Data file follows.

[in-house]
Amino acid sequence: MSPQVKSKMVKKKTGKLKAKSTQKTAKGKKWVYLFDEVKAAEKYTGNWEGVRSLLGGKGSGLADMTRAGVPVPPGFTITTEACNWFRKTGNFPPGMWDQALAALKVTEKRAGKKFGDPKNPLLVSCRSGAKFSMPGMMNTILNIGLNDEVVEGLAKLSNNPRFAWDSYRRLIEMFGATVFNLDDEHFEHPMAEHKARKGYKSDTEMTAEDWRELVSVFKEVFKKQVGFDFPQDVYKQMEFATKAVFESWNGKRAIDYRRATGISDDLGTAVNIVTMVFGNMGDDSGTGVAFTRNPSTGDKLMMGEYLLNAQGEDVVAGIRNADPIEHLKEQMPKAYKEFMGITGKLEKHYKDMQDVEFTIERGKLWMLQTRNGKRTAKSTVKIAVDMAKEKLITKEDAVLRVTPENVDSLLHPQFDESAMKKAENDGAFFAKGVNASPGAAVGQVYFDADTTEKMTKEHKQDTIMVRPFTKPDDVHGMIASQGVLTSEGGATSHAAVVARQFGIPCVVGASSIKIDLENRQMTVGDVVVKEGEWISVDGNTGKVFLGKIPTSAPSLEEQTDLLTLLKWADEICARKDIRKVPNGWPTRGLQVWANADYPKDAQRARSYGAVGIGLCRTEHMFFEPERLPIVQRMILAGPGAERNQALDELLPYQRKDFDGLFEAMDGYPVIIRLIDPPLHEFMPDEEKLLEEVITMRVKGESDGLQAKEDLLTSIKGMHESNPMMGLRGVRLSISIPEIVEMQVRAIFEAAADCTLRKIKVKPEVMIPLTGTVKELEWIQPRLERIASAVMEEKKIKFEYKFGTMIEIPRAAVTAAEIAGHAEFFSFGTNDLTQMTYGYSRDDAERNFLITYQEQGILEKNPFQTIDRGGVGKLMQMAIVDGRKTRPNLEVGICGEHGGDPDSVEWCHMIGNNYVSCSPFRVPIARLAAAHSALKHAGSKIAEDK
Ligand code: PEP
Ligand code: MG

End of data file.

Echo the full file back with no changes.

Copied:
[in-house]
Amino acid sequence: MSPQVKSKMVKKKTGKLKAKSTQKTAKGKKWVYLFDEVKAAEKYTGNWEGVRSLLGGKGSGLADMTRAGVPVPPGFTITTEACNWFRKTGNFPPGMWDQALAALKVTEKRAGKKFGDPKNPLLVSCRSGAKFSMPGMMNTILNIGLNDEVVEGLAKLSNNPRFAWDSYRRLIEMFGATVFNLDDEHFEHPMAEHKARKGYKSDTEMTAEDWRELVSVFKEVFKKQVGFDFPQDVYKQMEFATKAVFESWNGKRAIDYRRATGISDDLGTAVNIVTMVFGNMGDDSGTGVAFTRNPSTGDKLMMGEYLLNAQGEDVVAGIRNADPIEHLKEQMPKAYKEFMGITGKLEKHYKDMQDVEFTIERGKLWMLQTRNGKRTAKSTVKIAVDMAKEKLITKEDAVLRVTPENVDSLLHPQFDESAMKKAENDGAFFAKGVNASPGAAVGQVYFDADTTEKMTKEHKQDTIMVRPFTKPDDVHGMIASQGVLTSEGGATSHAAVVARQFGIPCVVGASSIKIDLENRQMTVGDVVVKEGEWISVDGNTGKVFLGKIPTSAPSLEEQTDLLTLLKWADEICARKDIRKVPNGWPTRGLQVWANADYPKDAQRARSYGAVGIGLCRTEHMFFEPERLPIVQRMILAGPGAERNQALDELLPYQRKDFDGLFEAMDGYPVIIRLIDPPLHEFMPDEEKLLEEVITMRVKGESDGLQAKEDLLTSIKGMHESNPMMGLRGVRLSISIPEIVEMQVRAIFEAAADCTLRKIKVKPEVMIPLTGTVKELEWIQPRLERIASAVMEEKKIKFEYKFGTMIEIPRAAVTAAEIAGHAEFFSFGTNDLTQMTYGYSRDDAERNFLITYQEQGILEKNPFQTIDRGGVGKLMQMAIVDGRKTRPNLEVGICGEHGGDPDSVEWCHMIGNNYVSCSPFRVPIARLAAAHSALKHAGSKIAEDK
Ligand code: PEP
Ligand code: MG